BRAC Primary Schools have operated in Bangladesh for more than 30 years, yet are still innovating to find new solutions to help students improve their lives through education. The BRAC primary school program began with 22 one-room schools providing three years of schooling up until Grade III, after which students were transferred to state schools. As the program progressed however, parents became increasingly comfortable with the BRAC system and expressed interest in BRAC providing an entire primary school education model. In 2000-2001, the program was therefore scaled to cover the entire five-year primary school curriculum, through a four-year, catch-up program. 

basic educationSince then, more recent innovations include student-centered teaching techniques through a curriculum that emphasizes not only core subjects, but also confidence-building, team-work skills, gender rights, nutrition and hygiene. Emphasis is also placed on co-curricular activities, to ensure that children enjoy coming to school. School timings and class schedules are flexible and designed by the village and/or community to meet local needs, allowing children to be home to help with chores or harvesting. BRAC primary schools also cater to students with special needs, providing learning materials in minority languages for ethnic minority students for the first couple of years, and providing surgeries and medical devices free of charge to students with medical disabilities.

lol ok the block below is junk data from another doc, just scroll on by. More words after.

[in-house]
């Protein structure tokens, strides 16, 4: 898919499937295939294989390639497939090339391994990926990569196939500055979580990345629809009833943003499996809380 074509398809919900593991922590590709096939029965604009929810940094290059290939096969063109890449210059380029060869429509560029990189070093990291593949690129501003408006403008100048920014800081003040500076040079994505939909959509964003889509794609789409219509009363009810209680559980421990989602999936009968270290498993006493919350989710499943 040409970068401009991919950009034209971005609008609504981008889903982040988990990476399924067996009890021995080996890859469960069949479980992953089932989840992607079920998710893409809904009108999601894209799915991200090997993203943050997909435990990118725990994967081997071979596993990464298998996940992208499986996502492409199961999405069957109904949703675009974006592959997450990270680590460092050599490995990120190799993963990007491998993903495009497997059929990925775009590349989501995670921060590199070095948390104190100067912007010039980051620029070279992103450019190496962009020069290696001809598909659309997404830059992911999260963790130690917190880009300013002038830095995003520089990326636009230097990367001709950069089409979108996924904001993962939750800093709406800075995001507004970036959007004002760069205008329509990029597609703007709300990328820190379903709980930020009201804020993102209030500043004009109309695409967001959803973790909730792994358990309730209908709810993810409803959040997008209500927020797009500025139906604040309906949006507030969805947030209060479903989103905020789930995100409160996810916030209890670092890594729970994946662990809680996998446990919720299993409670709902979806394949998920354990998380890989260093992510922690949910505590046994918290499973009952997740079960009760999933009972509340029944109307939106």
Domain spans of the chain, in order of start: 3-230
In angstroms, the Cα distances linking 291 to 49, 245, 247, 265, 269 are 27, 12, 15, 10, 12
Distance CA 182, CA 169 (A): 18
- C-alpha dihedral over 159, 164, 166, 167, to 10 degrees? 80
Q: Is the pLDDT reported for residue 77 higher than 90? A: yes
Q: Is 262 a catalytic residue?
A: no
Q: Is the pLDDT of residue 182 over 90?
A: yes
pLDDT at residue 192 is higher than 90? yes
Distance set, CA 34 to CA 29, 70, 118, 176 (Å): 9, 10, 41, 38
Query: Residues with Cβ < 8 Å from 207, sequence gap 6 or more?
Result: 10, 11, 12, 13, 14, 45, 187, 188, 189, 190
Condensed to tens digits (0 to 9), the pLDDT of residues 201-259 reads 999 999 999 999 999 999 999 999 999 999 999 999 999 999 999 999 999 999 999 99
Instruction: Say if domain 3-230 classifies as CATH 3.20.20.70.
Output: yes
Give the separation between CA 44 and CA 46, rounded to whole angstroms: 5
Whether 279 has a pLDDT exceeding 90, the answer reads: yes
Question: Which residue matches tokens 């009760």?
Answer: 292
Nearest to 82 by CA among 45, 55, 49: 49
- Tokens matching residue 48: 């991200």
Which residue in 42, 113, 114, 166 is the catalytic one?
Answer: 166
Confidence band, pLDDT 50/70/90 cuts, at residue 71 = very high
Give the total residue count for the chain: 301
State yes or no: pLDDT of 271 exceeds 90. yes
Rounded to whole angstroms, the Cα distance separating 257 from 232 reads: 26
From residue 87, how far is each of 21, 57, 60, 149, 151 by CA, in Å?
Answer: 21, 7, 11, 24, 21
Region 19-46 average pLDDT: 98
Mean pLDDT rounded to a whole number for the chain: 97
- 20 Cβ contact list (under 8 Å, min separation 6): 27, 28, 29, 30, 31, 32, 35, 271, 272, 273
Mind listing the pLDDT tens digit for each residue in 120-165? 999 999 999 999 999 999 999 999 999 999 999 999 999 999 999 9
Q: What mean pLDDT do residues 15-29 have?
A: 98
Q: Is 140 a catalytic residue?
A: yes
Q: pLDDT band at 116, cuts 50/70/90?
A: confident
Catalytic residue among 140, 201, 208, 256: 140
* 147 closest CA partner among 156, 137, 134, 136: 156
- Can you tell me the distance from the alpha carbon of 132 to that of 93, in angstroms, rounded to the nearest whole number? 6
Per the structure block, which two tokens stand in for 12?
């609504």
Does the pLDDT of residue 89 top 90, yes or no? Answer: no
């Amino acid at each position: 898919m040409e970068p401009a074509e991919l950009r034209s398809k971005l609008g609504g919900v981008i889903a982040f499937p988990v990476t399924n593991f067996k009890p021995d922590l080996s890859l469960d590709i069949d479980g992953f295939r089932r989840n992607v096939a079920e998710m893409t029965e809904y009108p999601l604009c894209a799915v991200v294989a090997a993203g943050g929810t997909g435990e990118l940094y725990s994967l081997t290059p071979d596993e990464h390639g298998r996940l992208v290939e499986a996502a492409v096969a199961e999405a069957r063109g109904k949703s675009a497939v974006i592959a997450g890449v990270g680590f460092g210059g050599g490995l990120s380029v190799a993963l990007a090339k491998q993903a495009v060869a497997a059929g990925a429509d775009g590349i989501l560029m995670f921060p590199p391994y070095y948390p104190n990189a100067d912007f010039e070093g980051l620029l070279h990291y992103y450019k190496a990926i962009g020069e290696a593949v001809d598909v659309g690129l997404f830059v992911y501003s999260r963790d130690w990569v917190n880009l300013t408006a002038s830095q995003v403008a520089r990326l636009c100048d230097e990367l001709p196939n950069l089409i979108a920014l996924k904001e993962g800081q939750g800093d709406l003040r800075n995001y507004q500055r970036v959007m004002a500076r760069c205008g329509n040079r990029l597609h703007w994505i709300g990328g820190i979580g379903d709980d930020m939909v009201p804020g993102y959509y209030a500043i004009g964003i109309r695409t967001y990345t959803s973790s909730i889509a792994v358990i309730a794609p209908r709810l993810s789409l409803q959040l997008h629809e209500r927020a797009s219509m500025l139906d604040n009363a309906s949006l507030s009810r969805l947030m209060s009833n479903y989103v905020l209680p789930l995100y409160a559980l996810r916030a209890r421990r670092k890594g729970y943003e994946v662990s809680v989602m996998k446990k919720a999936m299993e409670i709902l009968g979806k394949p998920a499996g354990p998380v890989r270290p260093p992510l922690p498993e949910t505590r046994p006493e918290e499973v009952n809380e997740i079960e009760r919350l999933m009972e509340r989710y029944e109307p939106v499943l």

Encouraging Education is an initiative of Kids Club Kampala (KCK), an NGO that supports orphans and vulnerable children in Uganda. Through their flagship programs of Saturday Kids Clubs and Scholarship Program, KCK identified a significant number of children who were out of school and falling behind in learning.

basic educationLessons take place at one of 17 Kids Club Centers around Kampala, and are held Monday to Friday for 2-3 hours every evening. Ugandan volunteers (mostly former teachers) are trained to deliver lessons which focus on academic skills as well as behavior, social-skills, and health awareness. Throughout the year, volunteer teachers attend training days which are led by KCK staff and include topics such as safeguarding children, accounting for different learning styles, and behavior management. Lessons are designed to follow the Ugandan curriculum; however, a non-formal approach allows teachers to tailor learning specifically to children’s needs. Following this, children are not divided by grade level but instead learn together in one classroom with differentiated tasks.